You may recall, a couple of days ago when I posted about ONE-EYED JACKS and certain Kubrickian aspects, Paul Clipson, San Francisco-based filmmaker and projectionist, commented that he’d always felt there was some connection between the jail tower set in that film and the mission tower in VERTIGO. Digging deeper, Paul learned that the film’s shared a set decorator, one Sam Comer. I suggested I might run a comparison to see what might be detected.

Paul saved me the trouble, and his instincts proved uncannily accurate!


The thrifty Comer seems to have recycled the same backdrop view for windows in both towers, using the window frame to mask out inconveniently modern details in the Brando western. Wouldn’t we get a shock if a dummy Kim Novak fell past that window?

Here’s a side-by-side comparison.


Since both films are set near Monterey, the economy is for once quite reasonable. It’s not like Skull Island standing in for the Everglades in CITIZEN KANE (which NEVER HAPPENED.)

Big thanks to Paul Clipson.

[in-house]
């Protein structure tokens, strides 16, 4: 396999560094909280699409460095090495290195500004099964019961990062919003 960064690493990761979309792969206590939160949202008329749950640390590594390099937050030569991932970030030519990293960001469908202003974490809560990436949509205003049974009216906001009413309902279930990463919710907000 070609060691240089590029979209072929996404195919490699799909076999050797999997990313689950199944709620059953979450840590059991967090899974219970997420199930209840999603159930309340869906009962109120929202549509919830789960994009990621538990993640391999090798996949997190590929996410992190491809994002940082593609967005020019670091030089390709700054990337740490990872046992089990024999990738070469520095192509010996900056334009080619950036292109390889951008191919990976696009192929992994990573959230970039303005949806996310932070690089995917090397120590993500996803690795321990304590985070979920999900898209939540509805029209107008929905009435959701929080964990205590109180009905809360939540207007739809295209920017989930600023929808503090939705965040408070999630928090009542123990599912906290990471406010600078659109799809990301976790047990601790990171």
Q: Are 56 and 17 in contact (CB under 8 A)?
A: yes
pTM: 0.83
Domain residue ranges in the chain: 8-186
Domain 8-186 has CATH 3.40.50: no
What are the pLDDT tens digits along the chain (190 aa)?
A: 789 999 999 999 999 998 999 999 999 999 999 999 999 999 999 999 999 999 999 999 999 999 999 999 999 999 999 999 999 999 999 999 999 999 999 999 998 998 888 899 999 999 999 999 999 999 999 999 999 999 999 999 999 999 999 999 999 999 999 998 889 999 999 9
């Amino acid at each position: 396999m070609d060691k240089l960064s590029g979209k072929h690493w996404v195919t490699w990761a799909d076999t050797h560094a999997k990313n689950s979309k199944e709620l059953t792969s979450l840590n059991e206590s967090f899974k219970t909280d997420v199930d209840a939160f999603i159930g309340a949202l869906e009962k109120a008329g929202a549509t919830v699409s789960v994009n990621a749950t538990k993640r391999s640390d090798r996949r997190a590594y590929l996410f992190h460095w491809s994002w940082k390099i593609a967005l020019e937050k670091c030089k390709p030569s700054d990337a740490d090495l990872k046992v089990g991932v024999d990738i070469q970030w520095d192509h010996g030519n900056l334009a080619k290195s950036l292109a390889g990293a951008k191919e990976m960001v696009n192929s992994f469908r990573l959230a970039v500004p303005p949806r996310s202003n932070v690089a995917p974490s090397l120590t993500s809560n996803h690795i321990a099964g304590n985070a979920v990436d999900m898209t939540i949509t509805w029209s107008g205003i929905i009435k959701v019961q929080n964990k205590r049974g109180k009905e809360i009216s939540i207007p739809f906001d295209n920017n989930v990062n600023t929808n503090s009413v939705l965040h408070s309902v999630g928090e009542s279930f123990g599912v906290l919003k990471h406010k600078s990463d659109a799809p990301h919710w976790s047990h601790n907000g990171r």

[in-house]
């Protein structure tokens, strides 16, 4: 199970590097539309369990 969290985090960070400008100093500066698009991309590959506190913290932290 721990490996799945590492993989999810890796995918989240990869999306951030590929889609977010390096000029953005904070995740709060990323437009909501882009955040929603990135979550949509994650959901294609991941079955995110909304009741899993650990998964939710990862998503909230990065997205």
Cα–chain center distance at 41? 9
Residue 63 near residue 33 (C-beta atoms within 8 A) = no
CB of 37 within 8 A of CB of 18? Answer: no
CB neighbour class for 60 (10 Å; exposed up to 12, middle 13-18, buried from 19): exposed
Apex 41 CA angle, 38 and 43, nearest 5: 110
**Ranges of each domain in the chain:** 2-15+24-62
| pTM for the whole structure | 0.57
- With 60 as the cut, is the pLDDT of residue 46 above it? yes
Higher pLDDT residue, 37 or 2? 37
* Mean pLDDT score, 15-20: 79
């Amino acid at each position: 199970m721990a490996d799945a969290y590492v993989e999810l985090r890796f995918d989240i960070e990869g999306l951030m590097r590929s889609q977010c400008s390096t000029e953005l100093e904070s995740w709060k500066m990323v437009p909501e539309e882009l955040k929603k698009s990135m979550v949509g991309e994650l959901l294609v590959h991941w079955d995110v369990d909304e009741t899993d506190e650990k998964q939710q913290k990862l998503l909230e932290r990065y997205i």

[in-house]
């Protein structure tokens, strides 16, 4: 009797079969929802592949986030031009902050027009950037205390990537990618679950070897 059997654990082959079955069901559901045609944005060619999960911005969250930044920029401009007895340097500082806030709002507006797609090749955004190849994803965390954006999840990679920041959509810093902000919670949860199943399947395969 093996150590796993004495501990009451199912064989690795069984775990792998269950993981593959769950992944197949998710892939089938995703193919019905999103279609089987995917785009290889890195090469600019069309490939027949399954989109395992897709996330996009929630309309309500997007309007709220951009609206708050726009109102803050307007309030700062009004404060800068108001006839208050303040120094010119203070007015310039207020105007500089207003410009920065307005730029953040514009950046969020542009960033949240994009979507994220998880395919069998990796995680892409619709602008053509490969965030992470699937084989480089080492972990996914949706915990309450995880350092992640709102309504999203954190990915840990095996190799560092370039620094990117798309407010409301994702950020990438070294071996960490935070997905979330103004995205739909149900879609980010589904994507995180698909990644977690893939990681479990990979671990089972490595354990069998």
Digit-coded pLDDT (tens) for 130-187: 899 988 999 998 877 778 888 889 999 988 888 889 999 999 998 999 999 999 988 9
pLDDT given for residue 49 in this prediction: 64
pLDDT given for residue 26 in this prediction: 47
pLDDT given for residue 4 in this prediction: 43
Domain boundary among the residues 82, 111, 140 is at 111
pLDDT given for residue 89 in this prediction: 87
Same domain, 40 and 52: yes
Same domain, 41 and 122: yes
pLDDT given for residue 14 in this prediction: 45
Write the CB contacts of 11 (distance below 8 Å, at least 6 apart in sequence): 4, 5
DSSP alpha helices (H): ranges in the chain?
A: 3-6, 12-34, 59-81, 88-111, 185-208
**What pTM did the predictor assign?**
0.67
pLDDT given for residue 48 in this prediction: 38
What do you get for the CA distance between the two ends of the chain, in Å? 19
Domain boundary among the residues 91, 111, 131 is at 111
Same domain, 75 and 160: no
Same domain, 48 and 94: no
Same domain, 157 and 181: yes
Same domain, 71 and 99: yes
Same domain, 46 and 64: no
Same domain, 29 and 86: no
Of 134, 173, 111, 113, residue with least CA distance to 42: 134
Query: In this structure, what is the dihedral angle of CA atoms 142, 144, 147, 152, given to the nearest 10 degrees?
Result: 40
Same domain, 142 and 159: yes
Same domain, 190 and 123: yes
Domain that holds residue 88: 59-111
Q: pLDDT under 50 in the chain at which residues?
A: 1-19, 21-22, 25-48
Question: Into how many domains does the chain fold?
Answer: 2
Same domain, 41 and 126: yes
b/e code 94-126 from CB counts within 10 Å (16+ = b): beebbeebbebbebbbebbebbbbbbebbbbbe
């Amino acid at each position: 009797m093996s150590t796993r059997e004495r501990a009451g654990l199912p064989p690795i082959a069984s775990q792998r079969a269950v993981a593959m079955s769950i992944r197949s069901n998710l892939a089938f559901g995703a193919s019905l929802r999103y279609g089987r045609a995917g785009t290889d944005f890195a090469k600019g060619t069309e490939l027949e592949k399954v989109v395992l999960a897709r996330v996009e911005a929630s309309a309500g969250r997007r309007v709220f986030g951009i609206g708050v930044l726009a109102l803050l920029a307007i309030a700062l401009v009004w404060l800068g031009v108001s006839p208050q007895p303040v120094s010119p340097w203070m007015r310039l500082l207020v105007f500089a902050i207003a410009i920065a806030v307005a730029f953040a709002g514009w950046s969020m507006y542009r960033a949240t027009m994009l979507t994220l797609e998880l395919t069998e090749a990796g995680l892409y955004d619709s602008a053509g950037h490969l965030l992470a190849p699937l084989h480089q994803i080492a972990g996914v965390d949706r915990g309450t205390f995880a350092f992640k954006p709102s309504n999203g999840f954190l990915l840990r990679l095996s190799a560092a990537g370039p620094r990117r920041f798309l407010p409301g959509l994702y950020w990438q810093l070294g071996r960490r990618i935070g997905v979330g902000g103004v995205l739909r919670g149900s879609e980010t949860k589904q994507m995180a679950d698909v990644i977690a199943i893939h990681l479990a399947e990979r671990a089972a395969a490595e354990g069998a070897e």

5 Responses to “Back-drop”

  1. This is like watching the film detectives. Bravo!

  2. Thanks! Let’s see what else we can solve from our respective transatlantic armchairs.

  3. Can you solve this one – why would Hitchcock use an (obvious) dummy instead of a stunt woman dropping onto a mattress? Were people just inured to dummies back then? I mean, the Novack stand-in would only have to drop ten feet at the most to cross the visual zone of the window. I know carping about dummies in one of the Greatest Films of All Time is reprehensibly small-minded, but still…

  4. I think Hitchcock started from the default of artifice. Rather than beginning by aiming for reality and compromising to make it achievable, he started off fake and only did it for real if absolutely compelled.

  5. That makes sense to me. Does it make me a hypocrite if I love the tiny Mrs Danvers puppet that closes the window in the model of Manderley, but the dropped VERTIGO mannequin pokes me in the eye?

Leave a Reply

Fill in your details below or click an icon to log in: Logo

You are commenting using your account. Log Out /  Change )

Google photo

You are commenting using your Google account. Log Out /  Change )

Twitter picture

You are commenting using your Twitter account. Log Out /  Change )

Facebook photo

You are commenting using your Facebook account. Log Out /  Change )

Connecting to %s

This site uses Akismet to reduce spam. Learn how your comment data is processed.

%d bloggers like this: